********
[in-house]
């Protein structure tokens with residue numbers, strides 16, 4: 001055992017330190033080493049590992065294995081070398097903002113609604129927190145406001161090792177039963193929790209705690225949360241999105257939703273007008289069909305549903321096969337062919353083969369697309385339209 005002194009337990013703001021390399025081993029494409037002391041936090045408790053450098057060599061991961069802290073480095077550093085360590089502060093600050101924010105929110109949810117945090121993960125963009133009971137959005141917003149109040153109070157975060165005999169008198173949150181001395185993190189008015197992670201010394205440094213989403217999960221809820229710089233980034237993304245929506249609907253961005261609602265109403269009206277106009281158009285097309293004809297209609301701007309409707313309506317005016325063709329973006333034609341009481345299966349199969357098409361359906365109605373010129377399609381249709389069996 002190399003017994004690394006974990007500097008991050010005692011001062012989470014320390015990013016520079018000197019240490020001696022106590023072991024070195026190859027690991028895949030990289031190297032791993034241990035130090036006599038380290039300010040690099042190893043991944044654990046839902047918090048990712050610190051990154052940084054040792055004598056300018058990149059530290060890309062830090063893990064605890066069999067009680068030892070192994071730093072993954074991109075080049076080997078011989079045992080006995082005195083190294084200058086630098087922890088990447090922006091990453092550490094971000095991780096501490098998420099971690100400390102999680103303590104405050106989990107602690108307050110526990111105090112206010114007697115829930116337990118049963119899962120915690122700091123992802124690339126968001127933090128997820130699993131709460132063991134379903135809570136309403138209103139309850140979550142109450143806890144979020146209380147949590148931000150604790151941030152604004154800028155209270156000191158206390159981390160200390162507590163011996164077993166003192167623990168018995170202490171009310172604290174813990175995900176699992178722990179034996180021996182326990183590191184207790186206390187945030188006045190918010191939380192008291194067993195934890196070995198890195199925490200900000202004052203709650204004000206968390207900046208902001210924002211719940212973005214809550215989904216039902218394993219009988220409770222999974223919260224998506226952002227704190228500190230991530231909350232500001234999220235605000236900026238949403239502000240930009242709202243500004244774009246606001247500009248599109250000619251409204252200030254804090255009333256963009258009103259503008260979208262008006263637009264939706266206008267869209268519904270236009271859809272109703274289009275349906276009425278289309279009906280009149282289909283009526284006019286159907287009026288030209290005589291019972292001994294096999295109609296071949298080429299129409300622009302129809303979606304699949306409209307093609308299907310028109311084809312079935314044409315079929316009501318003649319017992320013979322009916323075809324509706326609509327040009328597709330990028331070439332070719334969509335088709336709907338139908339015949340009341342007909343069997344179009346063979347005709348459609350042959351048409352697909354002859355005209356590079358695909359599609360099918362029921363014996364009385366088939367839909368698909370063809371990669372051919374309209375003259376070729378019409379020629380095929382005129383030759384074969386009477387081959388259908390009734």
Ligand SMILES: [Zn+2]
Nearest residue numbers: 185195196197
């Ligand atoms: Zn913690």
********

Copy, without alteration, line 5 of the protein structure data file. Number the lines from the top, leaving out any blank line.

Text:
């Ligand atoms: Zn913690």